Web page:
New research could explain unknown causes of epilepsy
In many cases of epilepsy—a disorder that disrupts the normal pattern of electrical activity in the brain and often results in seizures—the underlying cause is unknown, according to the National Institute of Neurological Disorders and Stroke.
Researchers at the University of Arizona might have found an explanation for some forms of epilepsy. Their results are published in Molecular Neurobiology.
The researchers studied a gene in mice that influences the formation and function of connections between muscle and motor neurons, which control bodily movement. They discovered that when a protein called TMEM184B, which is found on cell membranes of neurons, isn't present, neurons appeared damaged and fired too often, said lead study author Tiffany Cho, who was a research technician in the UArizona Bhattacharya Lab when the research was conducted. Cho will start as a medical student at Liberty University Medical School in Virginia in the fall.
The researchers wondered how the seemingly damaged neurons might affect the ability of the neuron to fire the muscles properly. So, Cho and her co-authors next investigated the corresponding protein, called Tmep, in fruit flies, which are easier to study at the cellular level.
"What we found in the fruit flies was that the neurons seem to overreact to an individual stimulus," said study-coauthor Martha Bhattacharya, an assistant professor in the Department of Neuroscience and director of the Bhattacharya Lab, which explores early stages of deterioration of brain cell health in neurodegenerative diseases.
This suggests that Tmep—and TMEM184B by extension—are responsible for controlling excitability of neurons.
"This is related to what happens to patients with epilepsy, so we think we may have identified a gene involved in some forms of epilepsy that don't have another explanation," Bhattacharya said.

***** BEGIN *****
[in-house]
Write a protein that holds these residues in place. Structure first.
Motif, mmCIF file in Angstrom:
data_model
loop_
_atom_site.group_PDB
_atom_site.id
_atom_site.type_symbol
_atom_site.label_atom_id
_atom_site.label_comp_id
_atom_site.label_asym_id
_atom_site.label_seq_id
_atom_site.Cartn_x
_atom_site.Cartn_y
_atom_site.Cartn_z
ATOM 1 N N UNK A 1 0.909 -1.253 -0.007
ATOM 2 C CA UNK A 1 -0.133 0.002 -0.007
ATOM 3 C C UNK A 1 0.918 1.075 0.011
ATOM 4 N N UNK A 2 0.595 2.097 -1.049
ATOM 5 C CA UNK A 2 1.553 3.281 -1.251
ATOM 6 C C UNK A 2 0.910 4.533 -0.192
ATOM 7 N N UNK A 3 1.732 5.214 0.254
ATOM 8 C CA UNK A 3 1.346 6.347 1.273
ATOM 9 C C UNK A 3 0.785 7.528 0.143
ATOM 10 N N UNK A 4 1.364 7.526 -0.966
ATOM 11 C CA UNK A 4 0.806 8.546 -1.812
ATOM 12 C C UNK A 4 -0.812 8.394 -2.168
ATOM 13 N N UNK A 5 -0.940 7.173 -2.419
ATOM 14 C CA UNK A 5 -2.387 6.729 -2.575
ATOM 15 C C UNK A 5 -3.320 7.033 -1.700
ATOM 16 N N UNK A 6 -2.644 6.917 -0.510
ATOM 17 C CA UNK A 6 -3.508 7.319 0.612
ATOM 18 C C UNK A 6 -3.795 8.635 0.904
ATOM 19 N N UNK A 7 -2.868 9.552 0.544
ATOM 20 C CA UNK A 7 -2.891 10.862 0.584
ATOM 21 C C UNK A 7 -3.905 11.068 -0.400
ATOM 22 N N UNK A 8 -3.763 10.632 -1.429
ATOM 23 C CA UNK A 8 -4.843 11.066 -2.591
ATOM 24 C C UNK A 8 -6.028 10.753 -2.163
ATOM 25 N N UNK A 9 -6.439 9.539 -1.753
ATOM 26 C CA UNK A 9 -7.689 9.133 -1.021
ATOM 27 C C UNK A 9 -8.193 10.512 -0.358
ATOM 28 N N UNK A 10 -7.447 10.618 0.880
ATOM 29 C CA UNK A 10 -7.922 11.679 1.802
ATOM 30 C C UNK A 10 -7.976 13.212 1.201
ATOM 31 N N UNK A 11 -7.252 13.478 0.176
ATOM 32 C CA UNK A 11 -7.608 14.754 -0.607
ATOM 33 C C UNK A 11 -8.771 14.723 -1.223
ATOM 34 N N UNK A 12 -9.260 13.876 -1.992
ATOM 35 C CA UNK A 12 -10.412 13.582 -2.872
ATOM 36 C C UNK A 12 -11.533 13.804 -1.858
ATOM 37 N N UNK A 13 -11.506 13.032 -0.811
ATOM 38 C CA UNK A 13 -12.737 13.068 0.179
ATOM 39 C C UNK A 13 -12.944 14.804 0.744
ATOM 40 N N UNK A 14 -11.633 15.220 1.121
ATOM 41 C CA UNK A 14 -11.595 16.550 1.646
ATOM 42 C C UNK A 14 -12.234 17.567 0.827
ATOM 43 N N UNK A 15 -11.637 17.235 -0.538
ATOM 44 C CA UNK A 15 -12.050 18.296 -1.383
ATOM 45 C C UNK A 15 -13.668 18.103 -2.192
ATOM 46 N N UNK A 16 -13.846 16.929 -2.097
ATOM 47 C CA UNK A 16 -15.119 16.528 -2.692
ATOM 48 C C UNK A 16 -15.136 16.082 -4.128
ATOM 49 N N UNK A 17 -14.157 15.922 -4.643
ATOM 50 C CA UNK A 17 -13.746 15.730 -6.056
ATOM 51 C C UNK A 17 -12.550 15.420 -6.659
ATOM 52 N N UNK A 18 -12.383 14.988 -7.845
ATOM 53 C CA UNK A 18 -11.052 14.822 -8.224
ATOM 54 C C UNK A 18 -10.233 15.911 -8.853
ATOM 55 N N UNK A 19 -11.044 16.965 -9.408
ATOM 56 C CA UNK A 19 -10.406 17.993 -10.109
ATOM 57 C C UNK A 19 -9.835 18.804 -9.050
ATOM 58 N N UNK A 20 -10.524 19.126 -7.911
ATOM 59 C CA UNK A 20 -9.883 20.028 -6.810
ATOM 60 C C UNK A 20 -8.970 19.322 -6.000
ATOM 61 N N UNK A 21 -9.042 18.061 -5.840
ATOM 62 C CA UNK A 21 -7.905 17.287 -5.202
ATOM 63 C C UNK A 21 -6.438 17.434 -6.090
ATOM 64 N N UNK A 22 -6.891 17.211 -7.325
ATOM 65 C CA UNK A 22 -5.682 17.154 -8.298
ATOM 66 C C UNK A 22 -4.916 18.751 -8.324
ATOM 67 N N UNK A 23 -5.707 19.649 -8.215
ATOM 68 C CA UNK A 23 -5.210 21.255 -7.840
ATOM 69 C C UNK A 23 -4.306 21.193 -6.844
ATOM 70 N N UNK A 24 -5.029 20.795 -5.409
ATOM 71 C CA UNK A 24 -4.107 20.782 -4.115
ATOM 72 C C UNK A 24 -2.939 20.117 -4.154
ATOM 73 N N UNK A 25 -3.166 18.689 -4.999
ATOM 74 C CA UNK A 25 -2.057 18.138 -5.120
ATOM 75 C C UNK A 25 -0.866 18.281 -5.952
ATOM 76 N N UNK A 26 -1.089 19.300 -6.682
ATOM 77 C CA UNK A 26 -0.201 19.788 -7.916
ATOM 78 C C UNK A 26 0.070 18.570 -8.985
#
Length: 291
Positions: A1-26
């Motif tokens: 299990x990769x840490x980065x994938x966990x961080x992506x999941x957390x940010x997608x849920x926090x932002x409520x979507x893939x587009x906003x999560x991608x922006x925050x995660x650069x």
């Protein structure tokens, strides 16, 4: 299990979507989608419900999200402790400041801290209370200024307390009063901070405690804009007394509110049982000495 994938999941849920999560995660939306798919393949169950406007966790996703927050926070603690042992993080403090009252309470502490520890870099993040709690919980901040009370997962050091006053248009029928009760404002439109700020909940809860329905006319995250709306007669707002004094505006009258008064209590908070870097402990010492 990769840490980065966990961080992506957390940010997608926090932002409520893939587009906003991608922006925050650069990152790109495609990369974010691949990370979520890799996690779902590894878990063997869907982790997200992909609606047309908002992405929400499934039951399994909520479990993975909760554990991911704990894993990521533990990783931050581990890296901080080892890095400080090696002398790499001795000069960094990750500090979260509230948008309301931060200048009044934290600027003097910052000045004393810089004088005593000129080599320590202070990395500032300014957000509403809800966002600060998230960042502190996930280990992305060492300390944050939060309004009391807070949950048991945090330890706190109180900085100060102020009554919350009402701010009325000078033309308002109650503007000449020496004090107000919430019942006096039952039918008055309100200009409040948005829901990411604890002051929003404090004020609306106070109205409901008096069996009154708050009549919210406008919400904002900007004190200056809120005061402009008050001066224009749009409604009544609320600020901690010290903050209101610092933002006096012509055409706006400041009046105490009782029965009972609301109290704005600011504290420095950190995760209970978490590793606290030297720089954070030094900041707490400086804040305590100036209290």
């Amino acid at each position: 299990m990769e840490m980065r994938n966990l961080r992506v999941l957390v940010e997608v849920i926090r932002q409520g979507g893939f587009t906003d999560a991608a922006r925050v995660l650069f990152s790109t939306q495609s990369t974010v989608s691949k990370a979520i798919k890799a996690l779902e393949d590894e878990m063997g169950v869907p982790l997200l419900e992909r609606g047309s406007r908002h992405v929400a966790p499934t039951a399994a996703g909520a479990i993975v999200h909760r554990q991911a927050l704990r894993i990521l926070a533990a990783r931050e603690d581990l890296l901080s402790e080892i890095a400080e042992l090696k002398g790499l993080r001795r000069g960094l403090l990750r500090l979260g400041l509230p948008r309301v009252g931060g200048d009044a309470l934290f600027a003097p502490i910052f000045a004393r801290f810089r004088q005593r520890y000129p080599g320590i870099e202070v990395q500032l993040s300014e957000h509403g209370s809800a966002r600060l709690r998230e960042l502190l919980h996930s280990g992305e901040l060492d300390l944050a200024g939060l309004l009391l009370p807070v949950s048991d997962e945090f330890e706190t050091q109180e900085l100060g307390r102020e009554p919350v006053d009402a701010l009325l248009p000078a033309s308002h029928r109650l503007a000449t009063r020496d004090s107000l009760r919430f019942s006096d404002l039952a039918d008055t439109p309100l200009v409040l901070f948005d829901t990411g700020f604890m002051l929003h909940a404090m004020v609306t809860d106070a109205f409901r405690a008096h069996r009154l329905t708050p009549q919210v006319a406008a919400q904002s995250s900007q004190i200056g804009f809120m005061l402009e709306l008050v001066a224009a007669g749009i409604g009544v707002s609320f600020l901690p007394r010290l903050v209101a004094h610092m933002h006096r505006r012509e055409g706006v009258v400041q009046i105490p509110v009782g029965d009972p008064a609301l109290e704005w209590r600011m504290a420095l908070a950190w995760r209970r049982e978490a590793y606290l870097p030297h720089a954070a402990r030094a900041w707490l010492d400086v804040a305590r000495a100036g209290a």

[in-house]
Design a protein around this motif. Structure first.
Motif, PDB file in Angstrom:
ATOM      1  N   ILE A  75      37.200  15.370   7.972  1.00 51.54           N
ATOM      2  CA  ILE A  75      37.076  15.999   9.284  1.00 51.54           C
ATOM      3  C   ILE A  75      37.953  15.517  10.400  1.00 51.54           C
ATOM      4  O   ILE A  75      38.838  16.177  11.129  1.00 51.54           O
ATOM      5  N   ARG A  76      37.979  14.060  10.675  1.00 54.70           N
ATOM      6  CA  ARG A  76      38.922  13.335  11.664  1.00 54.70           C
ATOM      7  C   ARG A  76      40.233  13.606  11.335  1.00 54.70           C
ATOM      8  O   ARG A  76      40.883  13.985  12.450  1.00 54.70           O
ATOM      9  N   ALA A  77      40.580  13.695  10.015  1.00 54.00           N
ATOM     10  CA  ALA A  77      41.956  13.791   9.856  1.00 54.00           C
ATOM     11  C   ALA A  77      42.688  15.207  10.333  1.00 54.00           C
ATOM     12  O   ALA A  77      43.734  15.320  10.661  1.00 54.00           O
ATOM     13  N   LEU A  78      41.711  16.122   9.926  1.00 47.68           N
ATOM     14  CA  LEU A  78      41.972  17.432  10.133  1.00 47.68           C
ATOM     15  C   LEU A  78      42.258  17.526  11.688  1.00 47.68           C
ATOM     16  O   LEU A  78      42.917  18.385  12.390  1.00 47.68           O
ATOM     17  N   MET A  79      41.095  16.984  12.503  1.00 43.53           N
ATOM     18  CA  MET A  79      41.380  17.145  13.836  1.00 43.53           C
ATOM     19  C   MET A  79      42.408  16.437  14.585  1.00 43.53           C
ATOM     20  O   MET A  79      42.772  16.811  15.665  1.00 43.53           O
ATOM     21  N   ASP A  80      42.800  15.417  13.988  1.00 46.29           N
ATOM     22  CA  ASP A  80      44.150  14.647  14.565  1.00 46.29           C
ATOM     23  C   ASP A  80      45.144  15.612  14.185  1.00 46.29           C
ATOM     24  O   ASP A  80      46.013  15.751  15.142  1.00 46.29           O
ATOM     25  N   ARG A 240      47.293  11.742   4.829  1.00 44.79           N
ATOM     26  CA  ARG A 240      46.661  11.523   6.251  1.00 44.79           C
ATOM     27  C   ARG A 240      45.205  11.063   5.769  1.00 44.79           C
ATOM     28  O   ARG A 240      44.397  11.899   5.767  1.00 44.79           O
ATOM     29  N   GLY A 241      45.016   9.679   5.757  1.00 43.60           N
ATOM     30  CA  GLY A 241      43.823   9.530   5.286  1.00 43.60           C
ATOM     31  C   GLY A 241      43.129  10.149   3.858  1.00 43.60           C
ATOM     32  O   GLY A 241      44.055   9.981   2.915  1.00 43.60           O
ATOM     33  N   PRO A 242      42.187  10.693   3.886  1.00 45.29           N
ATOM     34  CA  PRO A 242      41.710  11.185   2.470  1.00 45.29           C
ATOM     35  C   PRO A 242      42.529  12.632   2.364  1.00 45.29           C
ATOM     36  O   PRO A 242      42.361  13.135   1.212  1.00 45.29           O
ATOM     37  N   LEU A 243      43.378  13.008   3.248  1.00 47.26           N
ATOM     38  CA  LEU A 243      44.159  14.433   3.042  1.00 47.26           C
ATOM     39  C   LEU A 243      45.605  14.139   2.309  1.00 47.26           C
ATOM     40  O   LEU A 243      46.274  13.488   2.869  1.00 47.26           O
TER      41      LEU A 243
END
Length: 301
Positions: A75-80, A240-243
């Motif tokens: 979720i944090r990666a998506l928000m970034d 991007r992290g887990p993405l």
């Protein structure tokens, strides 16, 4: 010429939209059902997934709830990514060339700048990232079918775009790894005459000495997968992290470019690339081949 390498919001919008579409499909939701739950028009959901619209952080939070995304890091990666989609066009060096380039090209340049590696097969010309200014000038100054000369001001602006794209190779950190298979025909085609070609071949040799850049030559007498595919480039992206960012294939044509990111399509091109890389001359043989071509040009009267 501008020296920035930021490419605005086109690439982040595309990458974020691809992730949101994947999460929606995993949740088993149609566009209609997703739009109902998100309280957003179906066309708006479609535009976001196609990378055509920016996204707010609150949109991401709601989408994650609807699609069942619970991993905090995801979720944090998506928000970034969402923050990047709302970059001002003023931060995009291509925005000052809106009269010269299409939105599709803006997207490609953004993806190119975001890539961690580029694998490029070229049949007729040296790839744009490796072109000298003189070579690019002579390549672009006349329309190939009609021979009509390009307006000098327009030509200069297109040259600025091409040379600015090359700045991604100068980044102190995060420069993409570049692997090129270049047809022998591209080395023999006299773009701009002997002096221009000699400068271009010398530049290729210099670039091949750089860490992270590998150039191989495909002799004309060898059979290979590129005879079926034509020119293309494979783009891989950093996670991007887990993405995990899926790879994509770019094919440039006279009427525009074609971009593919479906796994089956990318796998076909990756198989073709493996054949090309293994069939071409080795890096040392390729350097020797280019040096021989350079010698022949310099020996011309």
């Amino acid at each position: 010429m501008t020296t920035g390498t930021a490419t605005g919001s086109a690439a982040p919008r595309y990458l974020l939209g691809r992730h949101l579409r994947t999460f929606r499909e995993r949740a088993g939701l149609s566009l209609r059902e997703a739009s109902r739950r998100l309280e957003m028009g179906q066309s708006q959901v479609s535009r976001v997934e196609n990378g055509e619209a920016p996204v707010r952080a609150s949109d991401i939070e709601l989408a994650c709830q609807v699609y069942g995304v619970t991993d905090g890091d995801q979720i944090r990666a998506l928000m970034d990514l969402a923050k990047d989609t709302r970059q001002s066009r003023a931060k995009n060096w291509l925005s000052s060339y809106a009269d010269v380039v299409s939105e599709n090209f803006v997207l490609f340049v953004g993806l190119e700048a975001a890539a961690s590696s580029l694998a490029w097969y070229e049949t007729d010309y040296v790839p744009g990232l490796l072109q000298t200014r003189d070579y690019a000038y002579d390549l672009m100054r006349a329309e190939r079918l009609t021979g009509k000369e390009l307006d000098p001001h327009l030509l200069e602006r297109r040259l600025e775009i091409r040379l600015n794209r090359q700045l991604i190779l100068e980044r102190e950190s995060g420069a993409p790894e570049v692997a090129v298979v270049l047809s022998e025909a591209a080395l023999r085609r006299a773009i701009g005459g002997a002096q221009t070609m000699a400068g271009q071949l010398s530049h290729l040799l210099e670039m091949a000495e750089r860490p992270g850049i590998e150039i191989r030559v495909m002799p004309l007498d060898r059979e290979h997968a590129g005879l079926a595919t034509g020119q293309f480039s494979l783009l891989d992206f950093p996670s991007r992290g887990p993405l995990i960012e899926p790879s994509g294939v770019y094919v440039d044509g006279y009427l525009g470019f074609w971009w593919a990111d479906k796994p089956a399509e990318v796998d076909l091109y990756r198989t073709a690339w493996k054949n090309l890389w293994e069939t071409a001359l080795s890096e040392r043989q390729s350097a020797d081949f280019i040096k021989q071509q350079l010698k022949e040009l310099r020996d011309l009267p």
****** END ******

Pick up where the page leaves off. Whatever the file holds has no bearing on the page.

The researchers think that Tmep may alter the behavior of ion channels, which control the amount of calcium in the cell, and therefore the likelihood that the neuron will fire.
"When we saw cellular changes in the fruit flies, it really made us think about whether this was also controlling balance of ions, for example charged particles such as calcium in neurons because that's a common thing that happens with epilepsy. No one had looked at whether this protein controls ion levels until this paper," Bhattacharya said.
Bhattacharya has also connected with clinicians who have done gene sequencing of alterations of the TMEM184B protein in humans.
"One of the things we'd like to figure out is if those mutations, especially the ones in which the patients have epilepsy or something related, cause this overexcitability that we see," Bhattacharya said. "We can do that in the fruit fly model because we have ways of measuring electrical activity, and that's something we did in the paper. What we're trying to do is put those human mutations into the fly genome and see if they cause the same changes in the excitability of the neurons. And if they do that, then we want to know why."
The researchers also noticed that the fly larvae without Tmep moved much more slowly than other flies when crawling across a plate. As a result, they are curious to see if the protein might also play a role in other neuromuscular diseases—such as amyotrophic lateral sclerosis, or ALS—in addition to disorders like epilepsy.